And if the food wasn't enough, the extensive imported and domestic wine list hand-picked by master sommelier Peter Neptune is sure to compliment any meal. If wine isn't your thing, then try one of the updated classic cocktails or "beers from around the world." Sapphire won Wine Spectator's Award of Excellence and the Sante Award for Best Bistro Wine List in California. Yet if you look at their list, it's not that long at all, and I appreciate that. I can't stand going to a restaurant that's going for quantity, not quality; at Sapphire the wines and beers have been narrowed down for you so anything you choose is sure to be nothing short than excellent. And some, downright life-changing.

Although we only went for brunch, it was fantastic, and I highly, highly recommend it.

Here's Trajan sitting by the outdoor crystals and rocks fireplace (don't ask - just go see it for yourself in person), keeping warm on a cooler fall morning:

And here's Catia getting strapped into her high chair ready to sample some "yum-yums." I should also mention that it's surprisingly kid-friendly (for brunch at least). Some places here Laguna and Newport more so scoff at the very idea of children coming to brunch (because God forbid you have a toddler around who might "ruin" your experience, right?). I appreciated that very much. And they had a full kids menu and list of juices, and were smart and kind enough to bring out her food first so we could feed her then enjoy our meal.

For my brunch, I chose the Brunch Box. It came with my choice of mimosa (pictured) or bloody mary and coffee. And these delicious freshly made and served very warm Asiago rolls:

Andrew had a bloody mary for his drink. He said it was one of the best he's ever had:

My "brunch box" was a sampling of the chef's choices for the day, served in a bento box. I thought that was ingenious. I had an orange yogurt with raspberry preserve and mixed fruit granola (top left corner); seared Ahi tuna on mixed greens with green beans, crispy wonton strips and citrus ponzu vinaigrette (middle top row); a deliciously moist southern fried chicken salad with cranberries, candied pecans and corn (top right); maple spiced french toast (bottom left); and scrambled eggs with turkey chili and salsa fresca (bottom right). Everything was a perfect bite and for me, who LOVES to taste things, it was the perfect brunch item:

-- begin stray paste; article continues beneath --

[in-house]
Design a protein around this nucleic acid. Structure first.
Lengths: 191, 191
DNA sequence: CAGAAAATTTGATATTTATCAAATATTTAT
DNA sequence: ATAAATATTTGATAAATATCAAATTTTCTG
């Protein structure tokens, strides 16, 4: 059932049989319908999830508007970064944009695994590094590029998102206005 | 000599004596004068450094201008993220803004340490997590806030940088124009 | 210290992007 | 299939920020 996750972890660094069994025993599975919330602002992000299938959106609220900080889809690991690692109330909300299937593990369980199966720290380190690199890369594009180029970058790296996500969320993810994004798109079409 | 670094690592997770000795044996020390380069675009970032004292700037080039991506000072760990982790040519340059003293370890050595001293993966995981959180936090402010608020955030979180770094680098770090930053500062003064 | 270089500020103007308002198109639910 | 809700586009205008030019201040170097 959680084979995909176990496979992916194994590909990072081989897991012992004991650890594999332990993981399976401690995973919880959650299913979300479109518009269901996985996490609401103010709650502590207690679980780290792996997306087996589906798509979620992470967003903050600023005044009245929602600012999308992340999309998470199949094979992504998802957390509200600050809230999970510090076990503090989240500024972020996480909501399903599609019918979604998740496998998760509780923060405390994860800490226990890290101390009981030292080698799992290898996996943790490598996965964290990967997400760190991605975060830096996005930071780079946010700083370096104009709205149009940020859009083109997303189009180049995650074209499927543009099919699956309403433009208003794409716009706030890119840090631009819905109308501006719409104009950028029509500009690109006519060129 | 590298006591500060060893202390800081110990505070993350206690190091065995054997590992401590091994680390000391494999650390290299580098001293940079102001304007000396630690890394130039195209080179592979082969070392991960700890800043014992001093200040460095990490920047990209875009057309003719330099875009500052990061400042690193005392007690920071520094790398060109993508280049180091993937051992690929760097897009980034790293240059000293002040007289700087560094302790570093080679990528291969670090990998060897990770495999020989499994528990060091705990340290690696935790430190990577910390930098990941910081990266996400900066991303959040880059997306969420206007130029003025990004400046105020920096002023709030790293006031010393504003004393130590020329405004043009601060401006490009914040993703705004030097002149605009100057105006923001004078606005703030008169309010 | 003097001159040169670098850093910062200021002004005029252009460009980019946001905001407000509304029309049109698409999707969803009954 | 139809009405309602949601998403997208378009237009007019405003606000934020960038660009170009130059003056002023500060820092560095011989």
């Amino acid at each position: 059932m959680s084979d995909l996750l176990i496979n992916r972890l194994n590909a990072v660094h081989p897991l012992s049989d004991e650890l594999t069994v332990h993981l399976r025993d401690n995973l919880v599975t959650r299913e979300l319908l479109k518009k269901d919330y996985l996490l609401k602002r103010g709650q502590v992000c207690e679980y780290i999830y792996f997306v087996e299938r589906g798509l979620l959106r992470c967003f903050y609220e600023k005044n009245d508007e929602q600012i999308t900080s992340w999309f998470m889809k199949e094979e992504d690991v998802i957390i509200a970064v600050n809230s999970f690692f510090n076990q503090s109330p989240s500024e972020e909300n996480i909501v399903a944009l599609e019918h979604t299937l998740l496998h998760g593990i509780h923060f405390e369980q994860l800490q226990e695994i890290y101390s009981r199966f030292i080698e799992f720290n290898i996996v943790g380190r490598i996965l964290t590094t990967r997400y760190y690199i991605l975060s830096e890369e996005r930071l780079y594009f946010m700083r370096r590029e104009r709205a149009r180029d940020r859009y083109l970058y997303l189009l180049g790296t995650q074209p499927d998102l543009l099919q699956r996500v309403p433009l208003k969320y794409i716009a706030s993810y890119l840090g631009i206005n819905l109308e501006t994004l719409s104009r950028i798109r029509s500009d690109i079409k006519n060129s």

Andrew had the Turkey Hash which was roasted turkey, poached egg, salsa fresca and potato straws:

Simple ingredients but executed perfectly for a delightful (and healthier!) take on the traditional hash. I would have this again myself.

For kids menu, Cati enjoyed the scrambled eggs, maple bacon and potatoes:

And with a fantastic main course, we couldn't pass up trying dessert. We got the passion fruit pavlova with berries and mango sauce that dame highly recommended by our waiter:

I've had better pavlovas in the sense that I found this one to be a little soggy, but the flavor combinations were excellent and I really liked the fresh take with the passion fruit and mango on the common berry pavlova. I probably wouldn't have this again as I'd want to try something else, but if you're interested in a very light and fruity dessert, this hits the mark.
Andrew and I want to return for dinner and drinks, where Sapphire takes you even further west and east on your culinary adventure. Stay tuned for Sapphire Part 2!
In addition and right next door is Sapphire Pantry which if you're a cheese lover like I am, you MUST go visit. Various hard-to-find authentic imported cheeses from around the world including Chimay, real Roquefort (where you can actually buy a wedge, not just crumbs at the market) and excellent various goat cheeses from around the world. I highly recommend going here for a visit. The Pantry also imports hard to find items like HP sauce from the UK, truffle oils and actual jarred in oil truffles. You can't find this stuff at your local anything market.
Looking forward to going back soon!
Bon apetito!

Thanksgiving 2008